Deric Boston, MSW, LCSW, is a part-time member of the faculty in the MSW program at NC State. He teaches social work practice classes. We were able to interview him about his experience in the social work profession.
Outside of teaching at NC State, what other things are you involved with professionally?
I do early child mental health along with family or individual mental health. I am also a mental health consultant for Head Start and Early Head Start. There are two different grants for each program. Head Start is for children age three to kindergarten, Early Head Start is for children 0-3.
How did you first got involved?
I first got involved with young child mental health through a friend who wanted me to help with a three-year-old on the weekends. From there I started to help out an organization called Learning Together and once they got enough grant money they brought me on full time. So I have gotten to spend two years doing early child mental health. Learning Together is a developmental preschool that originally shared a building with the Head Start program. Federal mandate requires that all children in Head Start receive mental health evaluations, and since we shared a building it made sense to pursue my work with Head Start. Once I moved back to Durham, I approached the Head Start there, but it was Early Head Start that took me up on the offer. This allowed me to work with young children and take state trainings to improve my knowledge.
What has surprised you most about working there?
Head Start is a place that truly prepares kids for kindergarten. It surprised me in a sense because sometimes programs with many regulations can do poorly. But this program really does get kids ready.
What do you find most challenging about it?
Getting parents to understand how important their role is in getting their child ready for kindergarten.
What do you wish other people knew about Head Start?
I wish people knew that it is not a daycare and that it is really a good program. Head Start sometimes can be located in not the best areas and people can sometimes look at it as that’s where the poor kids go, but it is a really good program. They are also involved with trying to get participation from fathers through programs and activities. Research has shown that children having fathers in their life can increase brain development. Head Start has a lot of programs to help fathers from custody and visitation to the court system.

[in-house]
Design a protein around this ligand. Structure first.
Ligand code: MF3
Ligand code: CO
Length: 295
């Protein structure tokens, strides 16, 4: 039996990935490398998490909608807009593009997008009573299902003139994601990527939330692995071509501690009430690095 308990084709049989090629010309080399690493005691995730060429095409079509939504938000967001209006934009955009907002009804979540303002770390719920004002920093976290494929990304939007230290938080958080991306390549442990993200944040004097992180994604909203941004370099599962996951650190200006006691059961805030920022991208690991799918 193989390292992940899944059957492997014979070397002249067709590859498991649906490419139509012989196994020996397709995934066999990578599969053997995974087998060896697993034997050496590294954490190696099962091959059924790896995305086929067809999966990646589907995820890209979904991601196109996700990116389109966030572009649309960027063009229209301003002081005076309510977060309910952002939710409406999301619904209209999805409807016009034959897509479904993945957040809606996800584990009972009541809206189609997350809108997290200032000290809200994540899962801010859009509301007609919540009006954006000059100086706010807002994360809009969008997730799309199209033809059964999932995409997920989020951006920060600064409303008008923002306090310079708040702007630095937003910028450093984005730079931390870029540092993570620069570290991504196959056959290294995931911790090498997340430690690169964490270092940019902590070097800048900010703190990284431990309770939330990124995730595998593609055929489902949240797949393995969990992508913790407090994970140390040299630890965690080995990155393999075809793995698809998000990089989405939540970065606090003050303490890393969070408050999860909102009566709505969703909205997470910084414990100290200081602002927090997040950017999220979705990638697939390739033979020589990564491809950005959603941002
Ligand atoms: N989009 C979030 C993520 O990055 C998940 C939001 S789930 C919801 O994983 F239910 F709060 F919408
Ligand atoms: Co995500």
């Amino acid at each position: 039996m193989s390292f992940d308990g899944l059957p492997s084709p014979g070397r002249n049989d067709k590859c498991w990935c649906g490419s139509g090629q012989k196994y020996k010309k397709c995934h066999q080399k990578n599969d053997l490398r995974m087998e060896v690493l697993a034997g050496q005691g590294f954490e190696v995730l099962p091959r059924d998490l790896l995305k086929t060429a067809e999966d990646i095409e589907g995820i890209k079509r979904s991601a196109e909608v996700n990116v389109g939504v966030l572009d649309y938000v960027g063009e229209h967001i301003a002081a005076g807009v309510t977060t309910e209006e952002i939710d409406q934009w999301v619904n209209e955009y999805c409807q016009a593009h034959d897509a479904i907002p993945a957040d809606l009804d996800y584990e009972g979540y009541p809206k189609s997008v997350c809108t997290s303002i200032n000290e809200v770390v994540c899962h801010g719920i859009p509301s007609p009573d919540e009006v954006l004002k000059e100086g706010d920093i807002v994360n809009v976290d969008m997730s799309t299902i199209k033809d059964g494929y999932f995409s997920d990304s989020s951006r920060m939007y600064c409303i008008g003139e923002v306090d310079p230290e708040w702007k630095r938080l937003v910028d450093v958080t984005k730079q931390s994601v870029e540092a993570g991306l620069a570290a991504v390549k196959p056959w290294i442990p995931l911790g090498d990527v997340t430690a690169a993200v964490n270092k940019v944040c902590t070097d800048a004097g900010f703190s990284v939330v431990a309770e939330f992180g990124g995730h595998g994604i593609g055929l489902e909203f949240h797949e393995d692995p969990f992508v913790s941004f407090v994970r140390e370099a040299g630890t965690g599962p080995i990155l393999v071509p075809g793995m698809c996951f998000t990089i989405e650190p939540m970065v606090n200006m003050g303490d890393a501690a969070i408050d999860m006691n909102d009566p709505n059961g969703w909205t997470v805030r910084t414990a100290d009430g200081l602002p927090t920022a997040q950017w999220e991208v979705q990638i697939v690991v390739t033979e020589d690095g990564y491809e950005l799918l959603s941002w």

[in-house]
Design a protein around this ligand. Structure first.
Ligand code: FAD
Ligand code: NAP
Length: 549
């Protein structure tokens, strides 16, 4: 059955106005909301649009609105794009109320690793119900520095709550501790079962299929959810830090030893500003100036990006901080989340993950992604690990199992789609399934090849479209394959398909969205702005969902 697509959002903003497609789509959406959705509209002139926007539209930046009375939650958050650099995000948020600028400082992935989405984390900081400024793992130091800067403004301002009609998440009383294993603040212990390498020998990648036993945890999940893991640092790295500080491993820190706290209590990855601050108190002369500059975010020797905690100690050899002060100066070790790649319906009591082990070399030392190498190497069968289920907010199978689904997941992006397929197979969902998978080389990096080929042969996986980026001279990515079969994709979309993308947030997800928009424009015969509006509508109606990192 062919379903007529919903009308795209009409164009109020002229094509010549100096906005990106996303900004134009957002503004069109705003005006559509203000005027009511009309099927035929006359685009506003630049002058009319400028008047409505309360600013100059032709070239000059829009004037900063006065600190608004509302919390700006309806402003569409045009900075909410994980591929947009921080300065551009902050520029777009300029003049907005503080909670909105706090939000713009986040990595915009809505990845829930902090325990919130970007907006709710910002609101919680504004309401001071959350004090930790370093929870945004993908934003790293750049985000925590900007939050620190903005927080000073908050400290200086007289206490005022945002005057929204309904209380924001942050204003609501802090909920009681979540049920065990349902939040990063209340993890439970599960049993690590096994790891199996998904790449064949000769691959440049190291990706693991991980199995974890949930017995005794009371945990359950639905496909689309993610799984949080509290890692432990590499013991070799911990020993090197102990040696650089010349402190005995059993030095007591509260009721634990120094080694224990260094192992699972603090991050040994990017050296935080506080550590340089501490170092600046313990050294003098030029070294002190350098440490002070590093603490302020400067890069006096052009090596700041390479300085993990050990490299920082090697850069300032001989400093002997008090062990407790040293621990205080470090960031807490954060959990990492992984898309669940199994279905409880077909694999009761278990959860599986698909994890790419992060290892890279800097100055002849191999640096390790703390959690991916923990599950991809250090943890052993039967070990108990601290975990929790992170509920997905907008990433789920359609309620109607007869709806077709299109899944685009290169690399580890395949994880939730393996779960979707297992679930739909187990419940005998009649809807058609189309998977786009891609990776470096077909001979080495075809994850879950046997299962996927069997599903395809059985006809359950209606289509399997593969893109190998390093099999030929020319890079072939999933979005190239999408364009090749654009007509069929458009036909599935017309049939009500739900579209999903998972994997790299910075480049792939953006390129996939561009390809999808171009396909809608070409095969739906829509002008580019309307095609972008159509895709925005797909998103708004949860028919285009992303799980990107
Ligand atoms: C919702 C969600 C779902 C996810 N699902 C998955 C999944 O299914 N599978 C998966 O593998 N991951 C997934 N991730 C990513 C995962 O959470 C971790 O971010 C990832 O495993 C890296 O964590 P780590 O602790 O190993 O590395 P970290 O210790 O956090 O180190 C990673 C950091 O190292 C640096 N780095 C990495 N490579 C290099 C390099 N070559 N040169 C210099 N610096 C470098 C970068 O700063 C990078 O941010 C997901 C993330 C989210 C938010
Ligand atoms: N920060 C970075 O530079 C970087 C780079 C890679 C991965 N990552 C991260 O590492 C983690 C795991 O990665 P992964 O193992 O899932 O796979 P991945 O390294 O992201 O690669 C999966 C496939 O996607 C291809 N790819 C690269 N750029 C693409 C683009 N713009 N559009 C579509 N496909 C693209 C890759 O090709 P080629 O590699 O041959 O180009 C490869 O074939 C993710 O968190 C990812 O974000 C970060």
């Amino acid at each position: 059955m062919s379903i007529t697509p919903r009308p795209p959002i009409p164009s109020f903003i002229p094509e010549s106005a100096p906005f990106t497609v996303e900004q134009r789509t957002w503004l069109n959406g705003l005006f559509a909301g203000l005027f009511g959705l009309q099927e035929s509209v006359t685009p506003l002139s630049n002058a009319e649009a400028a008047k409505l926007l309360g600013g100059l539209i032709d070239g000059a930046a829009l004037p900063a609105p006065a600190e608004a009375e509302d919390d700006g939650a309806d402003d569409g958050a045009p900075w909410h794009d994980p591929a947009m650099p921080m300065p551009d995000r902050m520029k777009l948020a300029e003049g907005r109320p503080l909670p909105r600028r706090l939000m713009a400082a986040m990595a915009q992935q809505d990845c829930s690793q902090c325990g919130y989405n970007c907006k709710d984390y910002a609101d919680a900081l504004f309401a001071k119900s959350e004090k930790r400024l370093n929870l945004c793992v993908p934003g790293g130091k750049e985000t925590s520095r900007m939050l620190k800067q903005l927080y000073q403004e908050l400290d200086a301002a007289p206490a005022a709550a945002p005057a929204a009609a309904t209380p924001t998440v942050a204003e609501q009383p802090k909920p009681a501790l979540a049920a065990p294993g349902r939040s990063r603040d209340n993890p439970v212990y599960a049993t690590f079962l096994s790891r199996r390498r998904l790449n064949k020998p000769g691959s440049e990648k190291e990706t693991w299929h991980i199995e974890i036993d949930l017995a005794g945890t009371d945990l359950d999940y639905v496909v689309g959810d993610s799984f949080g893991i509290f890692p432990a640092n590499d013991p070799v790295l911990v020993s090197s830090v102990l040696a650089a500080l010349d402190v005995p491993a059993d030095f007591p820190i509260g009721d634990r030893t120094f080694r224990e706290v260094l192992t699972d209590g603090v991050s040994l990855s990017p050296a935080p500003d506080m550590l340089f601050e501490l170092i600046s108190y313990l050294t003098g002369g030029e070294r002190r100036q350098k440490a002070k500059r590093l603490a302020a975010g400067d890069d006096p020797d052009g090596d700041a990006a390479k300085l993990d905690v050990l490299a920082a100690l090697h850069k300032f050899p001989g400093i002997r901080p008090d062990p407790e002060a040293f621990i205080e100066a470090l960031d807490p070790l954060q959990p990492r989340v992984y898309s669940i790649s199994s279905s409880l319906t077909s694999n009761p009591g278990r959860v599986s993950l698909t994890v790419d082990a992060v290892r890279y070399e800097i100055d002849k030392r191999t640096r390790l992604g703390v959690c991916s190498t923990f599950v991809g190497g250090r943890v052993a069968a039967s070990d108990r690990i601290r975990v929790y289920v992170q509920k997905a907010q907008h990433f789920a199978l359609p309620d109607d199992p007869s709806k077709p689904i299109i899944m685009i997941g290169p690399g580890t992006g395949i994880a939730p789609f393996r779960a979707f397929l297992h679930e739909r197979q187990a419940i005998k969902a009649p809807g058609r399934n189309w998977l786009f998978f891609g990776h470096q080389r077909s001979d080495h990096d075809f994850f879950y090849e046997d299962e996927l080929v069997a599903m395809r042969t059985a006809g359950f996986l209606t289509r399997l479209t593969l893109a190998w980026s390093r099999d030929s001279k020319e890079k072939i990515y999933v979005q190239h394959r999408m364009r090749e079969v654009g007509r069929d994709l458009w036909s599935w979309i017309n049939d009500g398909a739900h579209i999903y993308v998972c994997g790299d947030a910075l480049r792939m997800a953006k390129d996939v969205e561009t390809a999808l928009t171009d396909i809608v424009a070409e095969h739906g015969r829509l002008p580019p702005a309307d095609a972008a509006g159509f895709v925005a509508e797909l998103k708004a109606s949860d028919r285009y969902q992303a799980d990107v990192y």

Who has influenced your career path?
Hulet Powell. When I was doing therapeutic foster care, my job was to license and place children. During that period, I was able to see some good clinicians and some not so good. He was one of the best. I have also been inspired by many children along the way. I have seen some very resilient children.
What might someone be surprised to know about you?
What do you think will change about this career field over the next five years?
I think our value is being bumped up because other disciplines do not really have a code of ethics like we do. I think that our professional image will hold strong. I think we have a good ability to police ourselves.
What is it like to be a social worker and why do you continue in this work?
I think sometimes it is overwhelming. It can get out of hand if there aren’t any boundaries. I think understanding that I am needed and that I can make a difference is what keeps me in this work.
What advice would you give people about becoming a social worker?
I would tell people to go into it for the right reason. I would tell them not to go into social work with the thought that they can save the world.
If you were not a social worker, what would you be doing instead?
I might be a teacher. I have a BA in education. I taught Social Work as a TA.
What do you do when you are not working?
I watch a lot of sports, but mostly I spend time with my family. It is super important for me not to neglect my family for work.
If something happened to you today, what would you want people to remember you by?
I would want people to feel like I care and my involvement with them was not superficial.